Little Details – Light Bulbs & Fittings

February 3, 2014

incandescent SQUIRRELCAGE filament vintage light bulbs

I tend to call this having a tedious moment, or a middle class dilemma, when I find myself scouring endlessly  online for the cheapest version of some design detail or indulgence I am certain a room refurb won’t be complete without! And without wishing to sound too worthy, I do scowl inwardly at myself for getting caught up in the chase for these objects. But I am also quite a firm believer that it is the small details which can bring most joy and be designed most effectively. I’d love to be able to buy vintage radiators but have scaled my detail hunting down to more economical items like light switches, bulbs & door handles. They are often the bits that can get overlooked in the bigger picture of a room design but the ambiance of light and the feel of a switch are the essential jigsaw pieces that complete a space. Here are some of my favourite finds.

incandescent SQUIRRELCAGE filament vintage light bulbs

I have had a bit of a love affair with incandescent filament light-bulbs for the last year, especially those made by the firm that started the trend Calex.  They give off such a warm cosy light and are brilliant in rooms with vintage styling, I’ve bought quite a few of the squirrel cage variety for the apartment. Some retailers can sell these bulbs for upwards of £20 so its definitely worth shopping around to find the best price before buying. I used to find that Classic Lightbulbs was the best online source for these price wise with one 60Watt bulb a snip at £7.95. However since they have become more popular you can get long lasting 60watts commonly for a pretty neat £12 on sites like amazon or John Lewis.  I love the classic squirrel cage teardrop variety (above) but am thinking more along the lines of American globe (below) for the light I am about to fit in the upstairs hallway. If you want to get really fancy or make a statement there are many options for filament patterns and some termed goldline give off a warm redish-gold light, but I rather like these simpler versions.

vintage light bulbs

I am also really charmed by these gorgeous decorative diamond bulbs at a correspondingly decadent price of £35 each from Rockett St George. If you have a light fitting that only takes very small SES fittings then there really isn’t a bulb I know of that tops this Calex golfball one for £6, we have them on our wall lights in the kitchen. And if you are looking at modern energy savers with an aesthetes twist then the Plumen bulb RRP £20 is the daddy of this design.

diamond-light-halogen-bulb-by-eric-therner-es27-screw-fitting-18w-14721-p[ekm]335x502[ekm] calex filament golfball plumen-lightbulbs-fab

But there are so many other things to think of with lighting – flex, ceiling roses, switches, bulb holders. Scandinavian company NUD do some gorgeous colour popping fabric flex in an array of neon bright colours which you can either buy as 3 metres of flex from Radiance Lighting for £12 or with pendant light fitting (note you can’t attach a shade to this fitting) for £29.95 from Curiouser & Curiouser.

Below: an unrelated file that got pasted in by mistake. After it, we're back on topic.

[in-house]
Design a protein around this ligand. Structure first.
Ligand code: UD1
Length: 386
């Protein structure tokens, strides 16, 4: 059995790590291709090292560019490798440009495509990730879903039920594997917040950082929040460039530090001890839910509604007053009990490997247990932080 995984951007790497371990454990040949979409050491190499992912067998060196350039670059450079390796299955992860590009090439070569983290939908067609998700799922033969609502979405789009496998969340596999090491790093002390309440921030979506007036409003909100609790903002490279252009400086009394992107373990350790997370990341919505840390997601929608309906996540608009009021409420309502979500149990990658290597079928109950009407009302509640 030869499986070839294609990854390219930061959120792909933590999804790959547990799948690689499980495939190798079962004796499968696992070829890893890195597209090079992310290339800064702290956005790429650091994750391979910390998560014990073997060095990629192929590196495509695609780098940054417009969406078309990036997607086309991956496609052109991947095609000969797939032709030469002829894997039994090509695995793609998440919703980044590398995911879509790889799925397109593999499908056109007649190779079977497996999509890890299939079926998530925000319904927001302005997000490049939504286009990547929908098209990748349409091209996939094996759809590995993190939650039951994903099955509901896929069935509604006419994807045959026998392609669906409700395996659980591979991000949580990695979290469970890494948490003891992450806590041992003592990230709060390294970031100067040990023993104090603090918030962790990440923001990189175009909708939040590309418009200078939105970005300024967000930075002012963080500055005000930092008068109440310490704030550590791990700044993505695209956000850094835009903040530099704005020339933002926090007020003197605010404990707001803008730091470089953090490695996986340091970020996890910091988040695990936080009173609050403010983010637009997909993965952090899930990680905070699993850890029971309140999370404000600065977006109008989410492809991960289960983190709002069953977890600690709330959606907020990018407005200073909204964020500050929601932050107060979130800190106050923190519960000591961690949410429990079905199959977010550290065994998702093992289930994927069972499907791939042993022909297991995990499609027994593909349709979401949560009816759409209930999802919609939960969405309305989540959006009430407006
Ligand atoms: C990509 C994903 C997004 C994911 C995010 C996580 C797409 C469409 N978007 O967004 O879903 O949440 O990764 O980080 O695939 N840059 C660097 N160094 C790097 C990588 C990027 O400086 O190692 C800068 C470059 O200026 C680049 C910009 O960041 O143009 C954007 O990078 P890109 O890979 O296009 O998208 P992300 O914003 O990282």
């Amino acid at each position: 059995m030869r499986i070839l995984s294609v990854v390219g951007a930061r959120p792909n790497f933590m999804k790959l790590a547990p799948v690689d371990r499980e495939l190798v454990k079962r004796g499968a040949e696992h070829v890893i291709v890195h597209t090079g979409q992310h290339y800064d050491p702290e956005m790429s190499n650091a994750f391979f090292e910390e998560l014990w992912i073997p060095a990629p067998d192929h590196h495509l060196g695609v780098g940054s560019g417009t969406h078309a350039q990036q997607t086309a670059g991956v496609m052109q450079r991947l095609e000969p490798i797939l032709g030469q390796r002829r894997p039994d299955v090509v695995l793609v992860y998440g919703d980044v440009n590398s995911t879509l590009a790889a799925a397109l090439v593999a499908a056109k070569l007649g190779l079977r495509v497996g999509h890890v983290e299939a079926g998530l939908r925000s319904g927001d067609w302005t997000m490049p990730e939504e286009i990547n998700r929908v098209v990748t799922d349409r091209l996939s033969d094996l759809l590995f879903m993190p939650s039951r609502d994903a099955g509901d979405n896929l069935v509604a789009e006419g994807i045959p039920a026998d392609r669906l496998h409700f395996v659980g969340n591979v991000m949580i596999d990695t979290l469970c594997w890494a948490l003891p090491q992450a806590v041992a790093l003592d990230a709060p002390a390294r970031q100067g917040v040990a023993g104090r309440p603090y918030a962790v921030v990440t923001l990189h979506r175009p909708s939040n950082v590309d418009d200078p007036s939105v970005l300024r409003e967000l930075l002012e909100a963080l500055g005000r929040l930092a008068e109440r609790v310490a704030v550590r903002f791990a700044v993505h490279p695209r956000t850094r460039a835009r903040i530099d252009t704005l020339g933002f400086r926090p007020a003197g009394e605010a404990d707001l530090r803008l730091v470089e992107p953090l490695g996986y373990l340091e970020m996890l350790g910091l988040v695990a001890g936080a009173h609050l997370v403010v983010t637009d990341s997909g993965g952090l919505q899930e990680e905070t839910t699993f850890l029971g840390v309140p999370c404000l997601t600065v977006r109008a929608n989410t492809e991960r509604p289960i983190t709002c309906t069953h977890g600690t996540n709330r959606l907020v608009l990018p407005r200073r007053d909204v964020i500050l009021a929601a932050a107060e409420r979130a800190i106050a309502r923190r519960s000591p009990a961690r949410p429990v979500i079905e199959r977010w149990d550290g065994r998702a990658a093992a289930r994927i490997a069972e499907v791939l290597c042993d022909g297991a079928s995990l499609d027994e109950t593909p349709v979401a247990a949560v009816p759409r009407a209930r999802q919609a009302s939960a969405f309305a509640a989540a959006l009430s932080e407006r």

nud-pink-textile-cable-flex-pendant-light-fittingNud-lightnud textile bright pink cablenud-pink-textile-cable-flex-pendant-light

If you’re looking for pretty twisted flex sold by the metre, inexpensively, then Historic Lighting through Urban Cottage Industries is the place to go. You can buy an array of flex with a vintage vibe for £4 a metre, you can also get cool flex for tech around the house if you were so design inclined. I have recently seen a really effective use of this flex on an industrial pulley where the flex and the bulb are the statement design.


If you are going for an Industrial look in a room and you’ve purchased a vintage enamel factory pendant, like we did in our kitchen, then you’ll need to think through your light fitting from the ceiling rose and hook to the chain, flex and bulb holder carefully in order that your pendant doesn’t jar in its setting. Again Historic Lighting is a pretty good bet, we bought from here for our GWR enamel task light. If you are just looking for an industrial bulb holder I can’t believe there is anything more beautiful than this concrete one from Rockett St George which is  a slightly unbelievable £54 but could be a good inspiration point for a homemade version that should be relatively easy to make. Rockett’ also stock a great brushed silver ceiling rose for a nifty £12 here.

lighting-hook-pattress-type-4-conduit-galvanised-1_1 concrete-es27-fitting-with-red-flex-25343-p[ekm]335x502[ekm]

Finally, the light detail I have spent many frustrated hours on is light switches rthemselves. I have quite a deep dislike of high street light switches, especially those within my budget and love the click of an old Bakelite dolly switch. You can get some beautiful versions of them for modern homes, I especially like this Fontini one called Dimbler, but it is P.O.A so I assume it is way out of budget for our apartment.Dimbler ceramic dolly light switch

The option we have gone for in our living room and hallway (and who’s design I highly recommend) is made by wonderful small British firm called Period House Shop based in Ludlow. Their dolly switches come in an array of finishes and range from £18-34. They are modern looking enough that the casual eye won’t be wondering if you have dodgy old electrics whilst remaining authentically pleasing to touch. They also make accompanying oak pateras from £6 to mount light switches to modern light boxes in the wall. So many people ask us where we got our switches from when they visit our home, a truly genius company!

Dolly Light switch white Dolly Light switch

Brown Bakelite Dolly light switch bakelite dolly light switch


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